A total of 8,786 fatal work injuries were reported in 2001, including fatalities related to the September 11th terrorist attacks, according to the Census of Fatal Occupational Injuries, Bureau of Labor Statistics, U.S. Department of Labor.

A total of 2,886 work-related fatalities resulted from the events of September 11th. Excluding these fatalities, the overall workplace fatality count was 5,900 for 2001 - which was down slightly, less than one percent, from 2000.

Total employment also declined slightly in 2001. As a result, the occupational fatality rate was the same in 2001 as in 2000, 4.3 fatalities per 100,000 employed. The 2001 fatality rate was essentially unchanged over the prior year.

The construction industry, with fatalities at their highest level since the fatality census was first conducted in 1992, continued to report the largest number of fatal work injuries of any industry.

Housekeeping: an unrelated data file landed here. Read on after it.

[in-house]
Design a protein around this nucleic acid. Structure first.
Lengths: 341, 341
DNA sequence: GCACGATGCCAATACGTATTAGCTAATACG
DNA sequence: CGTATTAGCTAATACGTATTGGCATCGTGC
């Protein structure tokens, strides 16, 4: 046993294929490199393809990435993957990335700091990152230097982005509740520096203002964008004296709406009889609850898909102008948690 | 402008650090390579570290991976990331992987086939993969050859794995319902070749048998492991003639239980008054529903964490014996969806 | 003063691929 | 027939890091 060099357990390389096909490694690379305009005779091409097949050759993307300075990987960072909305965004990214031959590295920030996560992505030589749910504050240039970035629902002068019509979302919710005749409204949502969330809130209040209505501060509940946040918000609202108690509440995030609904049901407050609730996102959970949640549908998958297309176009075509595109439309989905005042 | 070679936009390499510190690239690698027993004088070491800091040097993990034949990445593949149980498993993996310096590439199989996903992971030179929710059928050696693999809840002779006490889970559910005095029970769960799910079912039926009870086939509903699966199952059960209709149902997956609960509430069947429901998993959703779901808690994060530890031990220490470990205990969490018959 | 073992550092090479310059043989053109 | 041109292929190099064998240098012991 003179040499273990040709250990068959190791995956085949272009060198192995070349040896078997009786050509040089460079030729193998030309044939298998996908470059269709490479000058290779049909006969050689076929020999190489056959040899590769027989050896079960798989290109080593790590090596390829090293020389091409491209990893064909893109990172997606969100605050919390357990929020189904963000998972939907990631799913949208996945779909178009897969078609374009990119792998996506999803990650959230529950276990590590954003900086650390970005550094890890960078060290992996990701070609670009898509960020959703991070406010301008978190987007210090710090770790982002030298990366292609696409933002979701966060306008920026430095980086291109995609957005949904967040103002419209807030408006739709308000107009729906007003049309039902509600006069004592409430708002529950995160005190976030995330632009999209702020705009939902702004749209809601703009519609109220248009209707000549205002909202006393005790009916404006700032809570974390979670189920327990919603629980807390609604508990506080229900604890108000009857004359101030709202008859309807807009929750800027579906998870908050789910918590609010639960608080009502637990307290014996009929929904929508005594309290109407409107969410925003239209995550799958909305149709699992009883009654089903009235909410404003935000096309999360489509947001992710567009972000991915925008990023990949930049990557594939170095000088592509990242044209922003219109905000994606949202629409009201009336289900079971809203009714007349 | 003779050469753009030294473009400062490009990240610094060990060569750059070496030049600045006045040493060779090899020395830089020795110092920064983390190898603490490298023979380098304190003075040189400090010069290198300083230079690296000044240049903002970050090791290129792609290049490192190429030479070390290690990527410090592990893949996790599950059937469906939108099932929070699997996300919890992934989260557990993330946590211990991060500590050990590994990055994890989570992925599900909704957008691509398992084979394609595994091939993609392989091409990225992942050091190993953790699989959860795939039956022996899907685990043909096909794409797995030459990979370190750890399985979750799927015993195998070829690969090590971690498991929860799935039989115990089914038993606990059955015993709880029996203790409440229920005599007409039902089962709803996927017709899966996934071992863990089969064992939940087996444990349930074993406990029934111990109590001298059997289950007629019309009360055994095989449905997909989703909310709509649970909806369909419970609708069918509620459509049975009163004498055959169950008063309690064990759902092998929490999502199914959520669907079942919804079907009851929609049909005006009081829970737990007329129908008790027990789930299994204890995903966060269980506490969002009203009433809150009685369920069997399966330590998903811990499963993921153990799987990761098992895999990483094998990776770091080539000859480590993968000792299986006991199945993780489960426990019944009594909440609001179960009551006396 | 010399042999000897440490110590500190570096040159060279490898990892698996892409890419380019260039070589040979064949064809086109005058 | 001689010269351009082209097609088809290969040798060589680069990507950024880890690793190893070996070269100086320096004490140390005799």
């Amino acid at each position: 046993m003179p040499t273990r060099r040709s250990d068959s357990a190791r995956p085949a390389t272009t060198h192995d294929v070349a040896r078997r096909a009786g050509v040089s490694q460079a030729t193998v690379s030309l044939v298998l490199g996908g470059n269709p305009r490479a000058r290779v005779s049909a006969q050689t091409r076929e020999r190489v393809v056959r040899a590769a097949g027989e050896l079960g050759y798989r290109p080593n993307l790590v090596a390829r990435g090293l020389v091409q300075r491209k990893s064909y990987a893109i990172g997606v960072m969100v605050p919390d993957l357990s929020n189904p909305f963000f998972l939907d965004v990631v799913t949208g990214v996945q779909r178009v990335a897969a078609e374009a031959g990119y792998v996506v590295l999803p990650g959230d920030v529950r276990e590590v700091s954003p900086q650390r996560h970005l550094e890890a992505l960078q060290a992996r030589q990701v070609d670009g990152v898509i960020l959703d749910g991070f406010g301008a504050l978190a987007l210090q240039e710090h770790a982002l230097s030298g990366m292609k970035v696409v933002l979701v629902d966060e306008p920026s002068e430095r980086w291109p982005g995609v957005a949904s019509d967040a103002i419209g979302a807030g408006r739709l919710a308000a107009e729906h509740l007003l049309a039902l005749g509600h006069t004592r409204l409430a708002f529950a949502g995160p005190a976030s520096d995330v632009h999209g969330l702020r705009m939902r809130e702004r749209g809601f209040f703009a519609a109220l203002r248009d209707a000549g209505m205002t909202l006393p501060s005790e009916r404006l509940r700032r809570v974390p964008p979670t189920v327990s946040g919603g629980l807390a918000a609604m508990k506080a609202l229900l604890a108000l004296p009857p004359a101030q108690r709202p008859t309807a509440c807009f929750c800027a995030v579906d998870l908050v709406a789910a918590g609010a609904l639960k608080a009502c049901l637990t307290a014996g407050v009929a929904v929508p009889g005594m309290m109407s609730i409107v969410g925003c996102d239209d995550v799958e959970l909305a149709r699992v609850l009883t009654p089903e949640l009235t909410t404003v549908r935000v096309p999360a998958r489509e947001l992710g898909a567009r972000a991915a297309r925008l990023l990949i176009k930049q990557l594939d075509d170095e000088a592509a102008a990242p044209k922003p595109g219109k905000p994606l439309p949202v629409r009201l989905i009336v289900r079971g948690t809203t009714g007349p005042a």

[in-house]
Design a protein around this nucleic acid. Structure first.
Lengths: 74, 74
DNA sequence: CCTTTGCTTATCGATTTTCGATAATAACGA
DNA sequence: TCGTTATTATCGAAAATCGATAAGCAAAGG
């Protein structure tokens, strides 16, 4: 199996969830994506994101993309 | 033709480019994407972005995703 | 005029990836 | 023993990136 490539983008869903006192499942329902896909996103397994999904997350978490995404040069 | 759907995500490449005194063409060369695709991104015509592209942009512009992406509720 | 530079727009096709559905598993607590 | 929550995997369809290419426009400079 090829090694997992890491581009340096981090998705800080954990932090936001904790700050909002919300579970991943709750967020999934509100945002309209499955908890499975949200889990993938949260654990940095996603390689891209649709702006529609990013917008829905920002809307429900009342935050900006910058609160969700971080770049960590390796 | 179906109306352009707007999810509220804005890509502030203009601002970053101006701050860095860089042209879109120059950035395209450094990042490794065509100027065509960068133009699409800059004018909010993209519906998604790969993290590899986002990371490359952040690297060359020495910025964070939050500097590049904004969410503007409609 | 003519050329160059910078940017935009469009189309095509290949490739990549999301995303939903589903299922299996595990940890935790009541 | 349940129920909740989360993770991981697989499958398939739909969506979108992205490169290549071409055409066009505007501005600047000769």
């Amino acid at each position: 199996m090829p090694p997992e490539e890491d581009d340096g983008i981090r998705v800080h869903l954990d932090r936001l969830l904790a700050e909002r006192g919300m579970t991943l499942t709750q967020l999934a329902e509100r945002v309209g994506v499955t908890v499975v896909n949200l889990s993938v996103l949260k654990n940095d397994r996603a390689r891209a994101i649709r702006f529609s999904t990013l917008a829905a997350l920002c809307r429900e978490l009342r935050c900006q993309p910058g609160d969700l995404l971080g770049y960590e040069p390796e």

Fatalities resulting from transportation incidents decreased for the third year in a row, from 2,573 in 2000 to 2,517 in 2001. Highway incidents, however, increased about three percent from 2000 and continued to be the leading cause of on-the-job fatalities. Fatal work injuries resulting from workers being struck by vehicles or mobile equipment also increased slightly in 2001.

OSHA has great concern about the increase in deaths among construction workers, Hispanic and Latino individuals, and those dying from falls, said OSHA chief John Henshaw.